Another advantage of using Mode 4 is that you can program the voices to be slightly different on each string to simulate the changing timbre of a natural acoustic instrument. You can even, if the situation demands it, put a bass sound on the bottom couple of strings and bagpipes on the top four.

Well, that's about as far as I got with the GM-70's MIDI implementation, and though this may well be as far as many musicians go, it doesn't really do justice to the software within the system. Our in-house MIDI expert, Simon Trask, has been busy deciphering the implementation more fully. Over to you, Simon:

"As indicated above, the GM-70 allows you to select Poly or Mono modes for MIDI transmission. Poly mode assigns all the strings to one MIDI channel (1-16) while Mono mode (otherwise known as Mode 4) assigns the strings to six consecutive MIDI channels (basic channel 1-11) ascending from strings 1-6.

"But Roland have gone one better by allowing you to layer Poly and Mono modes using up to four of what they call 'Branches'. Perhaps the best way to understand this approach is to think of four sets (Branches) of six strings overlaid on one another. For each Branch you can select Poly or Mono mode transmission, while MIDI transmit on/off, MIDI patch number (1-128) and MIDI transposition (+/-36 semitones) are selectable for each string in a Branch.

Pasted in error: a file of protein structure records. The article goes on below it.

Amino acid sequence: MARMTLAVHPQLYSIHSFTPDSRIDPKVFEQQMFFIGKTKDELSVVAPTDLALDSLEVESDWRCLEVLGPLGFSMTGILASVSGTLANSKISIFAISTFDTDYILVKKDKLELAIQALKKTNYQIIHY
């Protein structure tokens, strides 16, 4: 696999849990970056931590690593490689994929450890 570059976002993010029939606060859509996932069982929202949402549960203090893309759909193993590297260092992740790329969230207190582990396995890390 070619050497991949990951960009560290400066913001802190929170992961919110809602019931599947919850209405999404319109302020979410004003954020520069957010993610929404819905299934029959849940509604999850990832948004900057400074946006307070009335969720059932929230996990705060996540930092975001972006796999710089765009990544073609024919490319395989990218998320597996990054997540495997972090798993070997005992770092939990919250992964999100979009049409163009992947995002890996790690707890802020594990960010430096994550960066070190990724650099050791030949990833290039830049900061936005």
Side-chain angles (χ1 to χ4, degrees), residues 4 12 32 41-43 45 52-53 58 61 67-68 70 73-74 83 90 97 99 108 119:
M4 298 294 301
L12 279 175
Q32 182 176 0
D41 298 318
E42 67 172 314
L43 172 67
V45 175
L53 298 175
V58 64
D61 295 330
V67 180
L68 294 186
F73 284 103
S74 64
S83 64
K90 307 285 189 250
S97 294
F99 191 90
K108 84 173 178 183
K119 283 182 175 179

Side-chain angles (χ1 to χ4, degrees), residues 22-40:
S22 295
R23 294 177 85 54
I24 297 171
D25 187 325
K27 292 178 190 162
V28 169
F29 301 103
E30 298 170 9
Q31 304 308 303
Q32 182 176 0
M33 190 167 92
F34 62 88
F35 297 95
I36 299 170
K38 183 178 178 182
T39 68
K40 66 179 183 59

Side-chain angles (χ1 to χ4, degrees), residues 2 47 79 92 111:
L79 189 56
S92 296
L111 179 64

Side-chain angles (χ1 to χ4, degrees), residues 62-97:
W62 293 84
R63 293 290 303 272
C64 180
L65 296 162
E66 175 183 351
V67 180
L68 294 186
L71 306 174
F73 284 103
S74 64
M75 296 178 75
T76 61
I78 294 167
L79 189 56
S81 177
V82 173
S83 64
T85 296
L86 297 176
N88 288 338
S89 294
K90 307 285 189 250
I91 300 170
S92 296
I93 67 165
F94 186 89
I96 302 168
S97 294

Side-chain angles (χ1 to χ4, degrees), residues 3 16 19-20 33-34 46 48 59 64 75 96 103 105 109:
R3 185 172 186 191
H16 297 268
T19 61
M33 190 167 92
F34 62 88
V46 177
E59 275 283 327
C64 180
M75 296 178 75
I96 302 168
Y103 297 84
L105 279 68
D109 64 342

"The GM-70 doesn't allow any MIDI channel to be assigned to more than one Branch. So if Branch A, for instance, uses channels 1-6, Branch B (or C, or D) must use channels above 6. Thus you can layer Mono mode twice, which uses 12 channels (2x6), leaving you with the option of using Poly mode for the other two Branches (2x1).

"As Paul has already mentioned, if you want to use string bending or glissando, then Poly mode is of limited use. This is because the GM-70 won't send MIDI pitch-bend information derived from your guitar-playing in Poly mode if more than one note is sounding; instead, if a bent string (or string glissando) reaches the next semitone up, the system will trigger that note automatically. The purpose of this appears to be to prevent other notes from being pitch-bent too, as would normally happen in Poly mode. In fact, the GM-70 will transmit pitch-bend quite happily in Poly mode if only one note is sounding. No such problem exists with Mono mode, however, because each string is sent on a different MIDI channel.